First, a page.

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The world may have crossed a “tipping point” that will inevitably make solar power our main source of energy, new research suggests.
The study, based on a data-driven model of technology and economics, finds that solar PV (photovoltaics) is likely to become the dominant power source before 2050—even without support from more ambitious climate policies.
However, it warns four “barriers” could hamper this: creation of stable power grids, financing solar in developing economies, capacity of supply chains, and political resistance from regions that lose jobs.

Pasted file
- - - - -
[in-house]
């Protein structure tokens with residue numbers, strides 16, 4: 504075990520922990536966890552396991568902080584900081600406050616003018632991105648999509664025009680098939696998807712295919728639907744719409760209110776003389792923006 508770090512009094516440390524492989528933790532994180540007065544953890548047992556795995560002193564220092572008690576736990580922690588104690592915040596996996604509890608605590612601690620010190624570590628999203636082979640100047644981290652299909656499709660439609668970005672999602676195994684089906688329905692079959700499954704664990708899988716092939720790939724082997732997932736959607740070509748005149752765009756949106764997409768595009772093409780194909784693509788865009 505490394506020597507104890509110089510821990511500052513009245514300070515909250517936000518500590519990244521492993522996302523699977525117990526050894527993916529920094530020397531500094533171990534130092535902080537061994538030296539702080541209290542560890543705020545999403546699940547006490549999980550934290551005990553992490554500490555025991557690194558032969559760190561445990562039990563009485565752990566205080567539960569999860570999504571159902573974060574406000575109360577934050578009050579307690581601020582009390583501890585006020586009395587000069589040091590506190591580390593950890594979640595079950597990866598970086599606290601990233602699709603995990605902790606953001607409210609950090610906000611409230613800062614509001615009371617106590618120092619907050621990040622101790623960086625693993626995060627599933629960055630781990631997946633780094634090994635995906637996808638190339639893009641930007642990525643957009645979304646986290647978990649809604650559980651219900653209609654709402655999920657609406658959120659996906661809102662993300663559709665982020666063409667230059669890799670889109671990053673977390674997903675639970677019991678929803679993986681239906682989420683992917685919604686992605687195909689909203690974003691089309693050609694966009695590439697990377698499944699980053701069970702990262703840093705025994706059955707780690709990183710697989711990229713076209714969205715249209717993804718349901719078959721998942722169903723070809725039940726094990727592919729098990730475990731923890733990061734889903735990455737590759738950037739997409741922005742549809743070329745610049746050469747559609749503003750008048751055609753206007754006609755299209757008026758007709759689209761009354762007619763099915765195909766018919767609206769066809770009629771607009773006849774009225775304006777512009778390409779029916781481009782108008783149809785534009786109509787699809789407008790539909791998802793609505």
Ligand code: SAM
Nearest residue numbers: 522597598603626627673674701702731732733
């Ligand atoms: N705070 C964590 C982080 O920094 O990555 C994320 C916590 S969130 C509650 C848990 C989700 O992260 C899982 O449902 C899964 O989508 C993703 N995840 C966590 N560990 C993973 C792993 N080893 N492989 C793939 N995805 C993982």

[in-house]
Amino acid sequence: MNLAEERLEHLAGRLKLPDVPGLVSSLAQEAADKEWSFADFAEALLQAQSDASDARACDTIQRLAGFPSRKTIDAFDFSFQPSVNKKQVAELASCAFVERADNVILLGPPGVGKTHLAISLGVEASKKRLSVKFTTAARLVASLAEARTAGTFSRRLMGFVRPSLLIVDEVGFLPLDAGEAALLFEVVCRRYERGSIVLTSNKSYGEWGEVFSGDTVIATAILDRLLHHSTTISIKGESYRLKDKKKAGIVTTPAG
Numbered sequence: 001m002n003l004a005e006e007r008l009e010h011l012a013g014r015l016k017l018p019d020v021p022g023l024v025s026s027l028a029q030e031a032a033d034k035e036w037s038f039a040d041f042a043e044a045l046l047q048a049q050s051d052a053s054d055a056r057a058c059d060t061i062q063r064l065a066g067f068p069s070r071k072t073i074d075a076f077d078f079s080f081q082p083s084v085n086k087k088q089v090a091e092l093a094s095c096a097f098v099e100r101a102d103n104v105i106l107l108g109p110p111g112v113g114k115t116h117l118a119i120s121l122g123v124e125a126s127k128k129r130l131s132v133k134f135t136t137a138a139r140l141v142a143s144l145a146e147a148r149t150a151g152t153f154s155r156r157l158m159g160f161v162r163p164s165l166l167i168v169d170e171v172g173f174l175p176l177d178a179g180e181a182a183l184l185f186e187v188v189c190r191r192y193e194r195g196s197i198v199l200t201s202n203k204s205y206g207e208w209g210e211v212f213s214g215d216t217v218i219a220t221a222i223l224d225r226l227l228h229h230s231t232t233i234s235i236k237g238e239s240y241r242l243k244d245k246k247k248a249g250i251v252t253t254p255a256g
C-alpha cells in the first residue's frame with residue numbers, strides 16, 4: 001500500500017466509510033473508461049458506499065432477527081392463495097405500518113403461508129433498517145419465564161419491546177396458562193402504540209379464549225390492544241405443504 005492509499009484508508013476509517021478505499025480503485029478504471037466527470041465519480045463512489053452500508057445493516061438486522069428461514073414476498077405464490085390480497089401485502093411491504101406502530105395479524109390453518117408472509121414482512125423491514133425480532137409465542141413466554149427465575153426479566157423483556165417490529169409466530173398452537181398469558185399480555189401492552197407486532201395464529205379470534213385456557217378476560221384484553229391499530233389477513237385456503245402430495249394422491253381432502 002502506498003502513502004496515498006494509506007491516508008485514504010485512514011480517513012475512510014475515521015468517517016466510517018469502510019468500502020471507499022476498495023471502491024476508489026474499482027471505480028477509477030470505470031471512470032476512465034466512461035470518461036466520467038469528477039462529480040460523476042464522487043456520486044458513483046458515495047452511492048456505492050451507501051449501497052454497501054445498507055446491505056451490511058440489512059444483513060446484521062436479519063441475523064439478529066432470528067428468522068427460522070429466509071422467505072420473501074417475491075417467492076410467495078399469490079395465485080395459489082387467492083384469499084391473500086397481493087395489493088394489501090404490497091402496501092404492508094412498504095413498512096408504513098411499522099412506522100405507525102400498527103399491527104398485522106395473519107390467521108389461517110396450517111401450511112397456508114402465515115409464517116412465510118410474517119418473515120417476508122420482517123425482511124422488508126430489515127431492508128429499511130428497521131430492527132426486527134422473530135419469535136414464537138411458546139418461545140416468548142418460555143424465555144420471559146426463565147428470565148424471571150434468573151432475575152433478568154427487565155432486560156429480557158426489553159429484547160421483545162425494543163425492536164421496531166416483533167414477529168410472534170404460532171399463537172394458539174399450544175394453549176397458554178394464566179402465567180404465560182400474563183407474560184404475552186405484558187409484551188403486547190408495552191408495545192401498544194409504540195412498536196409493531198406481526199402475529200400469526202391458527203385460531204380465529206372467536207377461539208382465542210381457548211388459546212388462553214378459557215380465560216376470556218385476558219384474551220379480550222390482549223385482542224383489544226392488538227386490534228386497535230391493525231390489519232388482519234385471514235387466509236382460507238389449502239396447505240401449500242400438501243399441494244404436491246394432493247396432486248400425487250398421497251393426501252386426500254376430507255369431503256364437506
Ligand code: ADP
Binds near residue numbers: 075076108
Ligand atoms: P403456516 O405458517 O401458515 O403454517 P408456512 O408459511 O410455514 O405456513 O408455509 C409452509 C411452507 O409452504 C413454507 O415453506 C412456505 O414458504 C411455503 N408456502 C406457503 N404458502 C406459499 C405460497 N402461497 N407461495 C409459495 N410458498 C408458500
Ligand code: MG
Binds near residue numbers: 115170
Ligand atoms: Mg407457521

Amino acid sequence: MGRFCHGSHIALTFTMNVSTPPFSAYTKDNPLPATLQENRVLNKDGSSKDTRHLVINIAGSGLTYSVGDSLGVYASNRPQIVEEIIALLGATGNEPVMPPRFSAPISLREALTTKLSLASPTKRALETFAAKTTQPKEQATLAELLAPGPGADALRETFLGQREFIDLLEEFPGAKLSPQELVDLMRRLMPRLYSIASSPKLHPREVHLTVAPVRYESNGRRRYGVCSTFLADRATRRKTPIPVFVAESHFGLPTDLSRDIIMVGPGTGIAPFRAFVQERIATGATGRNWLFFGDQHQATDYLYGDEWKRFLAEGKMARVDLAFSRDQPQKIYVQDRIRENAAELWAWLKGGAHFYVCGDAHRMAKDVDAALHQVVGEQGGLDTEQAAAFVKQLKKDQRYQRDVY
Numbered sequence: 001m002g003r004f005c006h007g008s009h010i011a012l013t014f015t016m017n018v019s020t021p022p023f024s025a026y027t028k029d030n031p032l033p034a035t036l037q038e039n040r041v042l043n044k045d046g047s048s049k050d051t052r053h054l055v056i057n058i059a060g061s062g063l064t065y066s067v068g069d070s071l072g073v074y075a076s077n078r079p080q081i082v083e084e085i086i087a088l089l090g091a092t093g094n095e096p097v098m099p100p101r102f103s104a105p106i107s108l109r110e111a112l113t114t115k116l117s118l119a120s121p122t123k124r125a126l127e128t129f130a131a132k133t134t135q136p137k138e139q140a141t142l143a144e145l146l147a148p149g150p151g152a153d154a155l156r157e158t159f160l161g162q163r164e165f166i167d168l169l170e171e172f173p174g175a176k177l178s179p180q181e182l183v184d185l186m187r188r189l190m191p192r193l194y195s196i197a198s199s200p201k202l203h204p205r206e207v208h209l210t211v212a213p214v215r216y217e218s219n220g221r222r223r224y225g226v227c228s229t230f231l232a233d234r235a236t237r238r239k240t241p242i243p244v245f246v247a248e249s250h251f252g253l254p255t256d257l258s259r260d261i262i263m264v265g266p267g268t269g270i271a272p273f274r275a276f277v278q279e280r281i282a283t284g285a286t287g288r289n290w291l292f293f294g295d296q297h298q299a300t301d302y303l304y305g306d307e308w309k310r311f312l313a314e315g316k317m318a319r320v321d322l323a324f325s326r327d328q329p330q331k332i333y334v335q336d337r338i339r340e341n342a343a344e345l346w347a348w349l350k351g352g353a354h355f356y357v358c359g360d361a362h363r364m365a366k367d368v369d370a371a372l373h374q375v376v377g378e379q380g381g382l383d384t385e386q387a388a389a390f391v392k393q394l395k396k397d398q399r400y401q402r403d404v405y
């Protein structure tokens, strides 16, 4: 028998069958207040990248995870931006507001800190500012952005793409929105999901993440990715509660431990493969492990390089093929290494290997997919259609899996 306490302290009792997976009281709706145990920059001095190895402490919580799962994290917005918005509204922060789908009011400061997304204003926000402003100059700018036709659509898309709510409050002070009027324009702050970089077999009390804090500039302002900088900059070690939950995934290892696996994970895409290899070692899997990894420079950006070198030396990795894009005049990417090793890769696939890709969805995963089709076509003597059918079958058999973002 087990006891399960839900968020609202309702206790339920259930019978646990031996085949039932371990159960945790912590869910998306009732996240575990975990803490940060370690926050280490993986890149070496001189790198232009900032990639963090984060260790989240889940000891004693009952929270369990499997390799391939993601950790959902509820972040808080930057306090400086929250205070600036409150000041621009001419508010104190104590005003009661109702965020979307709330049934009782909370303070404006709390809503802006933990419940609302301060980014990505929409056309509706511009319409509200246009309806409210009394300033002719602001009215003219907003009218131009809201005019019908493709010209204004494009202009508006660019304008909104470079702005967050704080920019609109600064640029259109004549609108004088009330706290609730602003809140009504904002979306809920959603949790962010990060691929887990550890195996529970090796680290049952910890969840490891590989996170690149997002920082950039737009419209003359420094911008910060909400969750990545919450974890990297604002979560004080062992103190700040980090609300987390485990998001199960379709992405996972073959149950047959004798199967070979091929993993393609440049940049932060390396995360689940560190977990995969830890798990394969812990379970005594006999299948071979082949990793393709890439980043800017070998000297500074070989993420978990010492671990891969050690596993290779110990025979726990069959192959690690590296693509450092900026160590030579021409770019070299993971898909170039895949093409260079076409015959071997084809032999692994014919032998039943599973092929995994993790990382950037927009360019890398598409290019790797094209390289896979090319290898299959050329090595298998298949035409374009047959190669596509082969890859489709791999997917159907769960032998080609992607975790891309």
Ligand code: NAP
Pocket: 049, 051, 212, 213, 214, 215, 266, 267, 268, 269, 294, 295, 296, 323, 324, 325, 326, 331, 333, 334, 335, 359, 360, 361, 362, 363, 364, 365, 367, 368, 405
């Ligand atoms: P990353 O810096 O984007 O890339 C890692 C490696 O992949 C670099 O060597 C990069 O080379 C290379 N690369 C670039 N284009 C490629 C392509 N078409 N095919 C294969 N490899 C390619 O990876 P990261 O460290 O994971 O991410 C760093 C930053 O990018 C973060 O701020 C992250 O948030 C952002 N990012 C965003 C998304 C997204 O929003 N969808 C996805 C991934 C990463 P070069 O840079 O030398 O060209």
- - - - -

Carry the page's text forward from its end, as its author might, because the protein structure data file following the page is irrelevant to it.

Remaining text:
The researchers say policies resolving these barriers may be more effective than price instruments such as carbon taxes in accelerating the clean energy transition.
The study, led by the University of Exeter and University College London, is part of the Economics of Energy Innovation and System Transition (EEIST) project.
“The recent progress of renewables means that fossil fuel-dominated projections are no longer realistic,” Dr. Femke Nijsse, from Exeter’s Global Systems Institute.
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